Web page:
One of the two “voices” of verbs (see also passive voice). When the verb of a sentence is in the active voice, the subject is doing the acting, as in the sentence “Kevin hit the ball.” Kevin (the subject of the sentence) acts in relation to the ball.
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What is "passive voice" and why exactly should we never use it?
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What is the active voice?
Active voice is a grammar term used to classify sentences in which the subject of the sentence is the one actively performing the action of the verb.
In grammar, voice is a way of classifying the relationship between the action of a sentence and the one (or ones) doing (or not doing) the action.
Active voice is contrasted with passive voice, in which the subject of the sentence is the recipient of the verb’s action. For example:
- The girl ate the apple. (active voice)
- The apple was eaten by the girl. (passive voice)
Why is the active voice important in writing?
You have probably been told by an English teacher to use active voice instead of passive voice. (Sorry, “An English teacher has probably told you ….”) But why? And more importantly—how?
Active voice is considered the default in normal English discourse. But passive voice is also very common. The best way to understand the difference is by looking at examples.
- “Grandma hugged me.” (active voice)
- “I was hugged by Grandma.” (passive voice)
- “I was hugged.” (also passive voice)
Grandma hugged me is in active voice because the subject of the sentence, Grandma, is the one performing the action.
I was hugged by Grandma is in passive voice because the subject of the sentence, I, is not performing the action but is the recipient of it. Grandma is still the one performing the action (she’s a hugger!).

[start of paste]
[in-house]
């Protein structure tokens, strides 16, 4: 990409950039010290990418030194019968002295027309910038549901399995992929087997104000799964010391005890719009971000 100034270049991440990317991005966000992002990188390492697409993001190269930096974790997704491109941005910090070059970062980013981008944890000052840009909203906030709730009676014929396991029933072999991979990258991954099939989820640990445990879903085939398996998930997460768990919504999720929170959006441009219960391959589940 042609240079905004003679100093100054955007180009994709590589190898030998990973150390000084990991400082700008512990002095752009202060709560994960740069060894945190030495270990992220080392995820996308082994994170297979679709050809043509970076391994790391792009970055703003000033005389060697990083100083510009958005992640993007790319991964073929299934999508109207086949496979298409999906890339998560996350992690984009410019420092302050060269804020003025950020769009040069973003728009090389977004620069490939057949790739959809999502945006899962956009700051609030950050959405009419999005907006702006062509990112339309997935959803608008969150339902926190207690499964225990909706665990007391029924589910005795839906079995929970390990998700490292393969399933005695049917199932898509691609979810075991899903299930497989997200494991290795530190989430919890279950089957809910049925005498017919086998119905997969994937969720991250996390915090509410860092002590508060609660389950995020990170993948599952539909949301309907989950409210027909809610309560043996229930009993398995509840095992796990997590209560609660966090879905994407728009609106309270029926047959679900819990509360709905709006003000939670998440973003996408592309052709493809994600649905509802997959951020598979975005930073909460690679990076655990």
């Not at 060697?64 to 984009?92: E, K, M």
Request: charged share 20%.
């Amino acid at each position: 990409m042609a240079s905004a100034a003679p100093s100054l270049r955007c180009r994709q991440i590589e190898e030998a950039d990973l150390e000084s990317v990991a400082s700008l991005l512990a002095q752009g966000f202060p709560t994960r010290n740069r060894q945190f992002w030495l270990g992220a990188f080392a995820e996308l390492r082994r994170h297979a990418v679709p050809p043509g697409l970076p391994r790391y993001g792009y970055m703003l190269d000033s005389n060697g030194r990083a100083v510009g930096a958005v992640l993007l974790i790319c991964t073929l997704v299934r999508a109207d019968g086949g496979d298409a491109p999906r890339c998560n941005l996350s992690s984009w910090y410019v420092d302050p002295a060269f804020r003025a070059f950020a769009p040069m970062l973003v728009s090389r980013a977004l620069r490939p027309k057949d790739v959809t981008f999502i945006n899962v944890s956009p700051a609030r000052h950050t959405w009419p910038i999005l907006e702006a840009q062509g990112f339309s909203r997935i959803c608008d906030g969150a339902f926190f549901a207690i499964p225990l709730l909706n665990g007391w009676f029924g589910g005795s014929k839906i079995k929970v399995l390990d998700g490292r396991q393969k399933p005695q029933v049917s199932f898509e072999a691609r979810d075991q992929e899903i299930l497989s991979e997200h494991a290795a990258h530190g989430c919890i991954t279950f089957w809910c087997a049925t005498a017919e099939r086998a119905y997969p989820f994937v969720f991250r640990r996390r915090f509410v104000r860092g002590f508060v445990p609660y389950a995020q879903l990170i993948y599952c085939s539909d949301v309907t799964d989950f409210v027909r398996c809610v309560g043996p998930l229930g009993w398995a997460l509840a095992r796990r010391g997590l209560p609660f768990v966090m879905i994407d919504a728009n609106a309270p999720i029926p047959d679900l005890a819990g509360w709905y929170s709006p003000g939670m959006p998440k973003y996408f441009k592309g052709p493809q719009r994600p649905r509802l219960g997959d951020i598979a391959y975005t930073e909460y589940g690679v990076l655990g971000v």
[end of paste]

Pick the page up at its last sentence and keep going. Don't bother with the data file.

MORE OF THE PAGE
I was hugged is also in passive voice. It simply omits the agent (the do-er) of the action. The fact that the agent can be omitted in passive-voice sentences allows us to do a simple trick that can usually determine whether a sentence is in active voice or passive voice.
If the verb in a sentence is followed with by (an agent), the sentence is passive. If there is no agent, try inserting by Grandma after the verb. For example, in the sentence I was pickpocketed, you could add by Grandma. This means the sentence is passive. If the sentence is already active (Grandma pickpocketed me), adding by Grandma wouldn’t make sense.
Sentences written in active voice are often considered more clear, engaging, and easy to read. However, there are some situations (like in scientific articles) in which the agent isn’t important, and using passive voice may be preferable (regardless of what your English teacher may think).
Being aware of how to use active voice can make you a more effective writer. And being able to identify when people are using active voice or passive voice can also make you a sharper reader and listener. Passive voice often allows the speaker or writer to avoid assigning (or accepting!) responsibility, so beware of passive statements like Mistakes were made.
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Active and passive aren’t the only voices in English. There is also middle voice, which is often associated with reflexive sentences or with sentences that have no agent. For example:
- Jane cut herself on that sharp corner. (Jane is the subject, but she wasn’t the agent of the cutting.)
- My bike rides very smoothly. (The bike isn’t the agent of the riding—the way it rides is smooth.)
What are some real-life examples of active voice?
Knowing how to change passive voice into active voice can help you be a more effective writer.
Grading papers. Wrote on one paper, “Writing in active voice is important because understanding political action, intent, and interests is key to good policy analysis.” But this is largely what’s wrong with most policy analysis in general 🤷🏻♀️
— Wendy Y. Li (@wendyliy) December 17, 2019
all of my editing feedback ends up being a) remove redundant words, especially adverbs and b) use active voice and center your sentences around verbs. literally that's it. 90% of basic editing
— Aamir (@aamir_not_amir) December 29, 2019
Which of the choices successfully changes the following sentence from passive voice to active voice?
“My friend was insulted by the mayor during the meeting at city hall.”
A. During the meeting at city hall, my friend was insulted by the mayor.
B. An insult was directed at my friend during the meeting at city hall.
C. The mayor insulted my friend during the meeting at city hall.